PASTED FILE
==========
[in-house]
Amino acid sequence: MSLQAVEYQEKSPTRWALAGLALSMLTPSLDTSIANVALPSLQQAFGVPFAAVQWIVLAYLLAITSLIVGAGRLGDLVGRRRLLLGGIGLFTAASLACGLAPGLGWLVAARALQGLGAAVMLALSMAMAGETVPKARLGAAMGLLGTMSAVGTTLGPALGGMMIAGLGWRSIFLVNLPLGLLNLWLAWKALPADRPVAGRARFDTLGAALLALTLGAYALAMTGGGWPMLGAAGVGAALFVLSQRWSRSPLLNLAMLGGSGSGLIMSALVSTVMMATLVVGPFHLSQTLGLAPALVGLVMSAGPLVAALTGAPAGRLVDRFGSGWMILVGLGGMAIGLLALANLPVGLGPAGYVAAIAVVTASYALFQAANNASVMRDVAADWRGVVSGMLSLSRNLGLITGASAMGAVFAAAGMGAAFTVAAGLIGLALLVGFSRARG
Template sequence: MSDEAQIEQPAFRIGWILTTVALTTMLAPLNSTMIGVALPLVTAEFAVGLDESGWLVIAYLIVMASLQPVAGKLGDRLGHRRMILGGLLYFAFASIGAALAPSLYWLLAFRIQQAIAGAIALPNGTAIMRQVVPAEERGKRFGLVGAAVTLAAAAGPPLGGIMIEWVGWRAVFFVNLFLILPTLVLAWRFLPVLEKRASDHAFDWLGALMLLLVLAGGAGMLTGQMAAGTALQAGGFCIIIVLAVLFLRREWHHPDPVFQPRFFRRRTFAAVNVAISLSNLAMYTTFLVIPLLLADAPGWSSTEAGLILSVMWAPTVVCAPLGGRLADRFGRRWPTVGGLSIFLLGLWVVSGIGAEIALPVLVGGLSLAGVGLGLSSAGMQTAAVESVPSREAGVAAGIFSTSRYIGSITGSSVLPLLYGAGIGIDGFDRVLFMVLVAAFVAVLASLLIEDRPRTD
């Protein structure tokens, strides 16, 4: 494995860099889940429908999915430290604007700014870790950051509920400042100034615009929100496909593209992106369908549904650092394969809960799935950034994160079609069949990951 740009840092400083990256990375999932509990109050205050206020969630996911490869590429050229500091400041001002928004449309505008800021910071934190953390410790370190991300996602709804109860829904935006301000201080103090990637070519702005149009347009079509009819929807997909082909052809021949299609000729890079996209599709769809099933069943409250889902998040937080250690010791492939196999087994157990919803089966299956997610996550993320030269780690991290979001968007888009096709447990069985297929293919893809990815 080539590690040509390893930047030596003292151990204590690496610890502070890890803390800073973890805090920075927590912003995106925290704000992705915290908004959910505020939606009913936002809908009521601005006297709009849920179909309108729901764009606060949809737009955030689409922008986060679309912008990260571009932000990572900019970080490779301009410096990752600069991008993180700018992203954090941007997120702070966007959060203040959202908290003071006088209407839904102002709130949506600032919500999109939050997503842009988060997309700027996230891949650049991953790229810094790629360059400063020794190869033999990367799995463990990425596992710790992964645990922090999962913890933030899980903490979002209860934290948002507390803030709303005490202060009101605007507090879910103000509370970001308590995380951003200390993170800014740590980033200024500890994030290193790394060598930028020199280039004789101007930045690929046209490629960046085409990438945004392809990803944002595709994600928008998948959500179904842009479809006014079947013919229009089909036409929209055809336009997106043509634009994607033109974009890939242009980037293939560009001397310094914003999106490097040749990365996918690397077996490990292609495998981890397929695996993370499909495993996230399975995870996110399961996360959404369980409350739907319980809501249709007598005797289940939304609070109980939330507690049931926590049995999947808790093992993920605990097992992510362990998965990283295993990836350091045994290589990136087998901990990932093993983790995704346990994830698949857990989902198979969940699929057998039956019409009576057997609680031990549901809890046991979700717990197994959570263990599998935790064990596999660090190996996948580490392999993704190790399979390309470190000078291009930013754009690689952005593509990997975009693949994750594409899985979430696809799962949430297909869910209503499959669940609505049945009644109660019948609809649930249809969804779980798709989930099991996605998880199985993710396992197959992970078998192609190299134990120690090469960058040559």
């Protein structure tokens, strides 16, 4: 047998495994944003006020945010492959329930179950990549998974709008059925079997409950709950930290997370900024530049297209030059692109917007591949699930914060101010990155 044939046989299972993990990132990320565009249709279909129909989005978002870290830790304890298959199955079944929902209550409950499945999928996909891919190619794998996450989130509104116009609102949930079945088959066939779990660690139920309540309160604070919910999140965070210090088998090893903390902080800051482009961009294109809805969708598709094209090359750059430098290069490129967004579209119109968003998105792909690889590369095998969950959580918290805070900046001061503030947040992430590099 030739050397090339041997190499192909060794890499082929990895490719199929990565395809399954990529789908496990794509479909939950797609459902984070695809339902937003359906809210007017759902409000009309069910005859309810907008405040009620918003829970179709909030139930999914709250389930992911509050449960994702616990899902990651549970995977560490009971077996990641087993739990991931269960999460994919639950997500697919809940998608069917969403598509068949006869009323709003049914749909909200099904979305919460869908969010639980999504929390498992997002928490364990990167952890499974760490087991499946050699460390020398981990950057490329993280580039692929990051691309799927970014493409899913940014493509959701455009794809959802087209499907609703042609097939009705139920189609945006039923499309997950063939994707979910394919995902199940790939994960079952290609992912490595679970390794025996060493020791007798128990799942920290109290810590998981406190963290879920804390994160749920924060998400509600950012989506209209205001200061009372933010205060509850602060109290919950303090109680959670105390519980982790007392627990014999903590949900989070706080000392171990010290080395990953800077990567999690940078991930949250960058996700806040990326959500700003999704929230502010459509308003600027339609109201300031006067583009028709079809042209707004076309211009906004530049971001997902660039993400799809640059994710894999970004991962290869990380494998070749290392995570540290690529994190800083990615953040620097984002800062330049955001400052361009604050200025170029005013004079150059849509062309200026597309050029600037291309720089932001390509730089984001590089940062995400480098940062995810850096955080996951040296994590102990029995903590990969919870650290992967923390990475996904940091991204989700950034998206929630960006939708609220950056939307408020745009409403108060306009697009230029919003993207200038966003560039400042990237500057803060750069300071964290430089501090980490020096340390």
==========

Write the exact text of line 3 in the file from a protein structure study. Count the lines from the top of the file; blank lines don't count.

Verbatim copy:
Template sequence: MSDEAQIEQPAFRIGWILTTVALTTMLAPLNSTMIGVALPLVTAEFAVGLDESGWLVIAYLIVMASLQPVAGKLGDRLGHRRMILGGLLYFAFASIGAALAPSLYWLLAFRIQQAIAGAIALPNGTAIMRQVVPAEERGKRFGLVGAAVTLAAAAGPPLGGIMIEWVGWRAVFFVNLFLILPTLVLAWRFLPVLEKRASDHAFDWLGALMLLLVLAGGAGMLTGQMAAGTALQAGGFCIIIVLAVLFLRREWHHPDPVFQPRFFRRRTFAAVNVAISLSNLAMYTTFLVIPLLLADAPGWSSTEAGLILSVMWAPTVVCAPLGGRLADRFGRRWPTVGGLSIFLLGLWVVSGIGAEIALPVLVGGLSLAGVGLGLSSAGMQTAAVESVPSREAGVAAGIFSTSRYIGSITGSSVLPLLYGAGIGIDGFDRVLFMVLVAAFVAVLASLLIEDRPRTD